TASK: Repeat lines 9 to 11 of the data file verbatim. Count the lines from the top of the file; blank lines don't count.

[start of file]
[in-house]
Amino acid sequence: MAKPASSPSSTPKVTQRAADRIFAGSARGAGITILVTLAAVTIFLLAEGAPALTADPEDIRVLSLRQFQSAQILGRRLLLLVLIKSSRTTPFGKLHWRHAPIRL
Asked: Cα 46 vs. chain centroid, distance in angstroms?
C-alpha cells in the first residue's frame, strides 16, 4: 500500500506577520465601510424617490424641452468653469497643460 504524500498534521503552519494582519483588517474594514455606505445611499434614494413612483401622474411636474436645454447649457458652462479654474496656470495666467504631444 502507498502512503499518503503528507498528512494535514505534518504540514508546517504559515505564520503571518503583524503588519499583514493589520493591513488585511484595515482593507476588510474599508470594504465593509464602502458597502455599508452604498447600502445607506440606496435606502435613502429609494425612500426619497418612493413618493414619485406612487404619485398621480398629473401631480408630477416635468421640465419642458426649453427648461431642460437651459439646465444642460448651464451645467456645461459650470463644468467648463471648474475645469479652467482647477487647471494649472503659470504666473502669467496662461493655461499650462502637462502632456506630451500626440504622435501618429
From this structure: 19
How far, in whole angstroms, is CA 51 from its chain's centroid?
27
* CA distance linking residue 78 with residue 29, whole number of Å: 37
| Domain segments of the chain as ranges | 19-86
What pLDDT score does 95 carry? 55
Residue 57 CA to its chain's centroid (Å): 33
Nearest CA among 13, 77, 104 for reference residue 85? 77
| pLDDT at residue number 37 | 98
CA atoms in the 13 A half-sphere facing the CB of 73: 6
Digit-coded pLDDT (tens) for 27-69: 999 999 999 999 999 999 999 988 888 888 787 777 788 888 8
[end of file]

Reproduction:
| Domain segments of the chain as ranges | 19-86
What pLDDT score does 95 carry? 55
Residue 57 CA to its chain's centroid (Å): 33